Question # 119: Selling something you don’t own: There are Ahadith that prohibit such transactions; are they unconditional and understood on face value or is there more to it? Here’s a situation. A person makes an order and pays me for goods. I don’t own them but from his money, I buy the goods and sell them to him making a profit. That person doesn’t know or care what I do and I am the main seller as far as he is concerned. Moreover, if I’m unable to buy those goods, I’ll return the money to him incurring no loss to anyone. Technically, I’m not an agent, am I? How would such a situation be viewed
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Shorter Answer: The type of sale transaction (Salam) described in the question would be permitted, whereby the buyer pays at spot and the seller delivers the commodity at a later date, provided all the following conditions are fully met:
- Buyer must pay the price in full to the seller at the time of effecting the sale;
- Quality (specifications) and quantity of the commodity sold should be exactly specified;
- Sales cannot be effected on a unique specific commodity or product;
- Exact date and place of delivery must be specified in the contract;
- Sales cannot be effected in respect of things that must be delivered at the spot;
- Commodity should not be rare rather should have an established market demand;
- Commodity should be available at the time of delivery; if it is not available, the buyer may choose to wait until the product is available or he may ask for annulling the contract and ask for refund;
- Buyer has the option to cancel the contract and demand refund on delivery, if any defect is discovered in the commodity or it is not as per the specifications agreed in the contract.
Long Answer: The general principle of Shari’ah is that it is not permitted to sell a commodity that is not in one’s ownership. It is one of the basic requirements for a valid sale that the commodity or item being sold is in the ownership and possession of the seller. Hence, if the seller does not own a particular item, it will not be permitted for him/her to sell it to someone else.
Hakim ibn Hizam (رضي الله عنه) reports that he said to the Messenger of Allah (صلى الله عليه و سلم): O Messenger of Allah! At times an individual comes to me to purchase a specific item that I do not possess. Can I sell him the item and then purchase it from the market? The Messenger of Allah (صلى الله عليه و سلم) said: Do not sell what you don’t own. (Sunan Tirmidhi and others)
However, there is an exception to this general rule, namely the sale of what is known as Salam. Salam is a special type of sale wherein the seller undertakes to supply the commodity or goods to the buyer at a future date in exchange of payment fully paid at spot. (See: al-Fatawa al-Hindiyya, 3/178)
This kind of transactions is permissible according to the Qur’an, the Sunnah and the consensus of Muslim scholars. Allah (سبحانه و تعالى) says in the Qur’an: “O you who have believed, when you contract a debt for a specified term, write it down…” (Soorah Al-Baqarah, 2: 282)
lbn Abbas (رضي الله عنه) said: ”I testify that Allah has made lawful to us (Muslims) to pay in advance for the price of a thing to be delivered later after a specified term. He then recited the above-mentioned ayah” (Al-Hakim, Al-Bayhaqi and Abur Razzaq)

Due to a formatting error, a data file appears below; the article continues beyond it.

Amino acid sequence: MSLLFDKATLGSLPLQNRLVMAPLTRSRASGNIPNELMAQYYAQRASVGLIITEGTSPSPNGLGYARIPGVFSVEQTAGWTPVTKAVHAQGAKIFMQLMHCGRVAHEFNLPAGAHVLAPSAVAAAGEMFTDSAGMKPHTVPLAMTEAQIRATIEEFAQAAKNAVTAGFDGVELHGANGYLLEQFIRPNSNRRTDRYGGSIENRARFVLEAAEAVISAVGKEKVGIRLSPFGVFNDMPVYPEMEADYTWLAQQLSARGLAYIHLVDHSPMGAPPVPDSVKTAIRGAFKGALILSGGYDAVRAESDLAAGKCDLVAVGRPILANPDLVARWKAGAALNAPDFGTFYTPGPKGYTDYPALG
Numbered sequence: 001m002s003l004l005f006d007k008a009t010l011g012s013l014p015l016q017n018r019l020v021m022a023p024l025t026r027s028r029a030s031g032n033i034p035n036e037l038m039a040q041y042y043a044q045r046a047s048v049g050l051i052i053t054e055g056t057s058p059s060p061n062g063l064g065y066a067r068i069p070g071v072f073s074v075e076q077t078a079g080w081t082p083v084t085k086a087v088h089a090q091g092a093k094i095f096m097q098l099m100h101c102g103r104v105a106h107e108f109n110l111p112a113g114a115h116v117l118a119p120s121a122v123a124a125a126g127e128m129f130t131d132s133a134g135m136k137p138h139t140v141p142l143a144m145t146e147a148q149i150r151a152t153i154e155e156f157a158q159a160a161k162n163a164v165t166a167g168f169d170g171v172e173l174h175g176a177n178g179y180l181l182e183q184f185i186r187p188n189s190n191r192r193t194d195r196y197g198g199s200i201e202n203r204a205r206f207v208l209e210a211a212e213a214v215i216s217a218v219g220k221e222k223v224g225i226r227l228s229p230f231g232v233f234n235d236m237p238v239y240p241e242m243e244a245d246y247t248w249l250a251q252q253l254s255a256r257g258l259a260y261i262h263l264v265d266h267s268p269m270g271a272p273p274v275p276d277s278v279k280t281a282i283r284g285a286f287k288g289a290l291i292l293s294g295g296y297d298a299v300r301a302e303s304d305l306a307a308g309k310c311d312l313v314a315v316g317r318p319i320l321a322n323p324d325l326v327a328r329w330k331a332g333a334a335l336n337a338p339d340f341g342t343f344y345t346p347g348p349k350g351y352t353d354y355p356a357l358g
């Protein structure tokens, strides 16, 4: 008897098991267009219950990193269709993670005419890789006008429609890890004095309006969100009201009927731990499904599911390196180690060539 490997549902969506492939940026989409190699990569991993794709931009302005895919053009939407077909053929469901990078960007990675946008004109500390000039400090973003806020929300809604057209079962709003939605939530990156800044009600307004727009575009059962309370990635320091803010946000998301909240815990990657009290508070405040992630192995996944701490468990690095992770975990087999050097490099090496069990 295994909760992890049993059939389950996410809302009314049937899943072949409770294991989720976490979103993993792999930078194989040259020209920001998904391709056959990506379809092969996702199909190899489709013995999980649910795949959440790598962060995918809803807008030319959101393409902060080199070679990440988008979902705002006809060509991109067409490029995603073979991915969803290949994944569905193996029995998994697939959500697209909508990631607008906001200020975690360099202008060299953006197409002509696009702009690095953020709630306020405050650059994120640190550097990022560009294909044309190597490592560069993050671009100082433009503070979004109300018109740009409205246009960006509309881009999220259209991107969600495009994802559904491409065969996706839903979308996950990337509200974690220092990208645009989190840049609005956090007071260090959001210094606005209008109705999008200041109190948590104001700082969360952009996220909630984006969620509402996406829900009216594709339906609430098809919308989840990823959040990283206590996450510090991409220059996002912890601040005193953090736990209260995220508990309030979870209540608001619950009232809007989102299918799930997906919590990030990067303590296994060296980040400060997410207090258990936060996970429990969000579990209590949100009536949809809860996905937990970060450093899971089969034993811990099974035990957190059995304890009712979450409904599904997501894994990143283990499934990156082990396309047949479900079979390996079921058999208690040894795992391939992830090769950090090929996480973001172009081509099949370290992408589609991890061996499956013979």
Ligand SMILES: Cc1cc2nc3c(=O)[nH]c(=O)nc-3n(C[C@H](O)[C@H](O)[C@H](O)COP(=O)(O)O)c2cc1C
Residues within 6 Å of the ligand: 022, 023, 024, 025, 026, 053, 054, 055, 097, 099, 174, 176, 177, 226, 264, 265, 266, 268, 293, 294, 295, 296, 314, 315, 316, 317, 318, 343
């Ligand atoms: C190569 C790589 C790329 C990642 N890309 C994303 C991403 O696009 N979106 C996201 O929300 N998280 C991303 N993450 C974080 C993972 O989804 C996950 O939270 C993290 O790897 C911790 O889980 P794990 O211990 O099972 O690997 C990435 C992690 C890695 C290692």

When the Prophet (صلى الله عليه و سلم) arrived at Madinah and found its people paying in advance the prices of fruits to be delivered later after a year, two or three,, he said: “Whoever pays in advance, the price of a thing (or “…of fruits…” according to another narration) to be delivered later should pay it for a specified measure at specified weight for a specified period.” (Related by Al-Bukhari and Muslim)
This hadith proves that the salam is permissible when these conditions are fulfilled. Besides, Ibnul Mundhir and other scholars report that scholars uniformly agree that the salam is permissible. (Al-Ijma)
The reason for making an exception in allowing an advance payment against a forward sale in the early days was to meet the needs of the small farmers in Arabia who required money to grow their crops and to feed their family until the time the crop could be harvested and sold. Owing to the prohibition of riba they could not borrow money on interest; they were allowed to sell the agricultural produce in advance of cultivation for delivery later and take payment in advance. Salam was also beneficial to the buyer because normally, the price in Salam used to be lower than price in spot sales.
CONDITIONS OF SALAM
The permissibility of Salam was an exception to the general rule that prohibits the forward sales. Therefore it was subjected to some strict conditions. These conditions are summarized below:
- First of all, it is necessary for the validity of Salam that the buyer pays the price in full to the seller at the time of effecting the sale. It is necessary because in the absence of full payment by the buyer, it will be tantamount to a sale of debt against debt, which is expressly prohibited by the Prophet (صلى الله عليه و سلم). Moreover, the basic wisdom behind the permissibility of Salam is to fulfill the instant needs of the seller. If the price is not paid to him in full, the basic purpose of the transaction will be defeated. Therefore, all the Muslim jurists are unanimous on the point that the full payment of the price is necessary in Salam. However, Imam Malik is of the view that the seller may give a concession of two or three days to the buyers, but this concession should not form part of their agreement.
- Salam can be effected in those commodities only whose quality and quantity can be specified exactly. The things whose quality or quantity is not determined by the specification cannot be sold through the contract of Salam. For example, the precious stones cannot be sold on the basis of Salam, because every piece of precious stones is normally different from the other either in its quality or in its size or weight and their exact specification is not generally possible.
- Salam cannot be effected on a particular commodity or on a product of a particular field or farm. For example, if the seller undertakes to supply wheat of a particular field, or the fruit of a particular tree, the Salam will not be valid, because there is a possibility that of that particular field or the fruit of that tree is destroyed before the delivery, and in the presence of this possibility the delivery remains uncertain. The same rule is applicable to every commodity whose supply is not certain. It is necessary that the quality of the commodity (intended to be purchased through Salam) be fully specified leaving no ambiguity that may lead to dispute. All the possible details in this respect must be expressly mentioned.
- It is also necessary that the quantity of the commodity be agreed upon in unequivocal terms. If the commodity is quantified in weights according to the usage of its traders, its weight must be determined, and if it’s quantified through measures, its exact measure should be known. What is normally weighed cannot be specified in measures and vice versa.